Why is there often a disconnect between what we see in the mirror and how we perceive ourselves internally—especially after a certain age. And, by the way, exactly what is a “certain age?”
In a recent blog, I posed this question and said I did not have an answer. So it was timely upon reading Until I Say Goodbye (by Susan Spencer-Wendell), I encountered the words of poet Ranier Marie Rilke:
“Don’t search for the answers, which would not be given to you now, because you would not be able to live them. And the point is to live everything. Live the question now. Perhaps then, someday far in the future, you will gradually, without even noticing it, live your way into the answer.”
Ms. Spencer-Wendell, a thirty-five year-old award winning journalist when she was diagnosed with ALS, had to face the question of what you would do if you had a year to live of health remaining. She thought of the uncertainty of this horrible, debilitating, degenerating disease and wondered how long she’d be able to live with what she faced.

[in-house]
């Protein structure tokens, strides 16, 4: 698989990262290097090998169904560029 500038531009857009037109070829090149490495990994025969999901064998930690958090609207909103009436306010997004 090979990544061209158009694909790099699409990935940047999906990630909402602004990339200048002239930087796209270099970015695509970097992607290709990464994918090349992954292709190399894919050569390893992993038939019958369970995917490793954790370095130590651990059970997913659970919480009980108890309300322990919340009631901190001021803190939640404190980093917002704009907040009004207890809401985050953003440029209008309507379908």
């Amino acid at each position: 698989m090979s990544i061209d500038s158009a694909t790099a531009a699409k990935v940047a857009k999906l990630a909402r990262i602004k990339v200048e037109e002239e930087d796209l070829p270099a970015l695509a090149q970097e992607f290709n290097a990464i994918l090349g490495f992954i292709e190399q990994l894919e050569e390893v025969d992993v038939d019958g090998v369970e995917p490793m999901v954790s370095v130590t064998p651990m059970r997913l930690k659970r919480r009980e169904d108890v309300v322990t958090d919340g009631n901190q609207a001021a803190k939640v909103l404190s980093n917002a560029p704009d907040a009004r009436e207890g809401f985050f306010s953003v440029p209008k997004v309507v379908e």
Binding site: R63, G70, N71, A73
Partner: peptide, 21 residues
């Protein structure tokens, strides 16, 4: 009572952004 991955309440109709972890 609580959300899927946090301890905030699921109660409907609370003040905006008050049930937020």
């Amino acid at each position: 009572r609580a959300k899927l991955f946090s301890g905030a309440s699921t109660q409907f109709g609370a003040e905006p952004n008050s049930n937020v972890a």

Then she thought, “Don’t search for answers. Live the questions.”
Susan decided to take seven trips with the most important seven people in her life, and describes the year of joy she encountered with them while her disease still allowed.
Here is a young woman who had to give up her career, stop picking up her small son, eventually unable to feed herself, and never became bitter or angry. This certainly puts a new perspective on my own story of what I had to forfeit as a result of my illness.
My frustration, sadness, and anger about my health and giving up dancing and riding a bicycle is nothing compared to giving up lifting your arms or walking or feeding yourself or hugging your husband.
"Don’t cry because it’s over … smile because it happened.” –Dr. Seuss